A blog about movies and filmmaking.

A Journey Into The West | MEEK’S CUTOFF

In drama, western on April 26, 2011 at 1:42 am

It’s only April and already 2011 has had two mighty fine Westerns. The first one was a little more fun and outrageous, and starred a chameleon. (That’d be RANGO, for those not paying attention.) The latest one, is much heavier, on a smaller scale, and is more of an experience into the old west itself. 

MEEK’S CUTOFF starts with a group of homesteaders crossing a river. They make camp, do dishes, wash laundry, collect water, and the first bit of dialogue we hear, is a boy reading from the bible. It’s the 1840’s and this is but one small path on the greater Oregon Trail. This group of three couples and their guide Stephen Meek (Bruce Greenwood – STAR TREK), have ventured away from the greater wagon-train making the treacherous journey. Their trust in the man with the grizzled beard and loud personality. Unfortunately, they’re starting to think he’s gotten them lost.

There’s talk of hanging, desertion, lack of water, and even a little philosophizing on the ideals of what men and women are made of. But what this movie always is, is a journey. There’s nothing flashy. There’s no indian attacks and narrow escapes. Or wild animals or escaped cattle. None of the conventional set-pieces that modern westerns seem to need. Just a group of people trying to survive. And as much as I liked the movie and the atmosphere it creates – the tension that builds from certain moments, or the anticipation of something about to happen  – it always maintains it’s even-keel. Amazingly, in this way, it makes comparing the movie to anything else difficult. I want to say it’s like THE ROAD, or THE PROPOSITION, or even Gus Van Sant’s GERRY; but all of those movies have at least one set-piece that lifts it into a different realm than Meek’s. And that’s not a complaint, though I have one of those.

I came out of the movie thinking that it was missing a third act and even after talking it out with a friend – on the subject of what it’s ending means – I still find the final part of the movie lacking. Not that I need big set-pieces, or blood-shed or anything. But, something that gives an idea of what we’ve just spent two hours watching. Hell, even a final piece of text that said “hundred’s of people lost their lives on this journey”…Instead, well, I found it beyond infuriatingly ambiguous.

The movie’s performances are all top-notch and very muted. Greenwood’s Meek is the showiest of the roles. With his grizzled beard, scratchy voice, and an outfit that looks like a Wild Bill reject; he’s got the look of a man lost in who he wants to be. Putting on airs is nothing new in the western genre. Men talking bigger than they should, or pretending to be something they aren’t, and that’s Meek. He’s the embodiment of old-west incompetence and not the slightest bit ashamed of it.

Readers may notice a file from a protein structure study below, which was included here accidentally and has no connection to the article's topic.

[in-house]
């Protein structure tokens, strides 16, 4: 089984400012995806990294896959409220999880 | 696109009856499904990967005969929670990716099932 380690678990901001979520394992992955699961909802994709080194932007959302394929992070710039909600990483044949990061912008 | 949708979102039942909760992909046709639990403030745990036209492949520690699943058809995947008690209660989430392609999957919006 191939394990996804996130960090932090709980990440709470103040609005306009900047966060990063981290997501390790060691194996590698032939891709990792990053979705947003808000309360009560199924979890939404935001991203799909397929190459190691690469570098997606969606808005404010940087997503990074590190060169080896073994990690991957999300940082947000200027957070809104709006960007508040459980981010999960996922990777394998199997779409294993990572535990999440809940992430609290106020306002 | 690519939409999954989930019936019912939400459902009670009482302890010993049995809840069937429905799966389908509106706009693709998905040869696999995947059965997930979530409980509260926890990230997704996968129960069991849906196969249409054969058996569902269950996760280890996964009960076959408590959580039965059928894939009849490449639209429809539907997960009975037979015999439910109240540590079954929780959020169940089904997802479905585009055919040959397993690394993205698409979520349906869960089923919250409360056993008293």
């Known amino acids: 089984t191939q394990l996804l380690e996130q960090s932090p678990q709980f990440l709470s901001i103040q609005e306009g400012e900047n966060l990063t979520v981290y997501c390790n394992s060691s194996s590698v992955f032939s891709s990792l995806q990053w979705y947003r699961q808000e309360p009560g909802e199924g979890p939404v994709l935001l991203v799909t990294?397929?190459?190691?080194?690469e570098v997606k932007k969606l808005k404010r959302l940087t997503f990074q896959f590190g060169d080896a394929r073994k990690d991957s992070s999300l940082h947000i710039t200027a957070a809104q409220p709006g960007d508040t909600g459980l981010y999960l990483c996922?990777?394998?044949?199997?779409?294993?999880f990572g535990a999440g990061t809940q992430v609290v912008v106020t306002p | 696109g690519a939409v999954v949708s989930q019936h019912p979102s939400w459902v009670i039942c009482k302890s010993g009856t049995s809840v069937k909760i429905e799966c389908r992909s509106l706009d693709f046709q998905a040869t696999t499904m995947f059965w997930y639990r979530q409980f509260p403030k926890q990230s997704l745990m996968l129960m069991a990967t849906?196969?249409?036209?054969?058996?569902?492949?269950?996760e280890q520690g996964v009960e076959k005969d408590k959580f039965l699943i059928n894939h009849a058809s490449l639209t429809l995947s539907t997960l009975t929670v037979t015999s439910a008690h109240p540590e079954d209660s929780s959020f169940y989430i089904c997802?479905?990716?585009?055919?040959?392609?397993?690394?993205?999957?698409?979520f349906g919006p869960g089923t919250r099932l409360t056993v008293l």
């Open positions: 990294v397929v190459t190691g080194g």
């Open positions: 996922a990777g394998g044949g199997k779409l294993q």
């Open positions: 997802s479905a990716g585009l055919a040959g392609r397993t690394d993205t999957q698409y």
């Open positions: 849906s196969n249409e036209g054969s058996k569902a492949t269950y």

The rest of the cast is headlined by Michelle Williams (BLUE VALENTINE) who plays Emily Tetherow; a strong, but quiet woman married to the widowered Soloman (Will Patton – ARMAGEDDON). They both look after the others – mainly sticking with their own gender. She in her pink dress and bonnet; him, handed the reins in the absence of their guide’s abilities. It’s Emily that winds up giving the group their best chance at survival, when she comes face-to-face with a native who had been following them. The Indian (played by Rod Rondeaux) doesn’t conveniently speak English – nor any of the characters speak his language – so any communication that happens between them is never confirmed that the other understands. With his wall-scribbling, and “strange ways”, he remains just slightly more unknowable than the rest of the cast.

The other couples are played by Paul Dano (THERE WILL BE BLOOD) and Zoe Kazan (THE EXPLODING GIRL), as the Gately’s. She becomes the most frightened about having a native around, after spending most of the movie in silence, and he shows more interest in things lying on the ground. The last family are the White’s, played by Neal Huff, Shirley Henderson (Moaning Myrtle from the HARRY POTTER movies) sporting a pregnant belly, and their son, played by Tommy Nelson.

These are all the people we see in the movie. We never find some run-down town with a saloon, or see a train, or even pass-by other’s who’ve decided to turn back. These people are alone. Forced to deal with the hurdles that nature puts in front of them, as well as each other. Even the couples, themselves, seem separated by insurmountable distances. There’s no show of love or really, any emotion, from any of them – well, Meek shows a lot of disliking toward the Indian…But that’s about it.

The movie is not glamorous in the least, and seems fairly authentic in just what this trip must have been like. The barren landscape and people displayed before us, framed by director Kelly Reichardt’s striking visuals – and the inspired choice in aspect ratio – make MEEK’S CUTOFF worth seeing.


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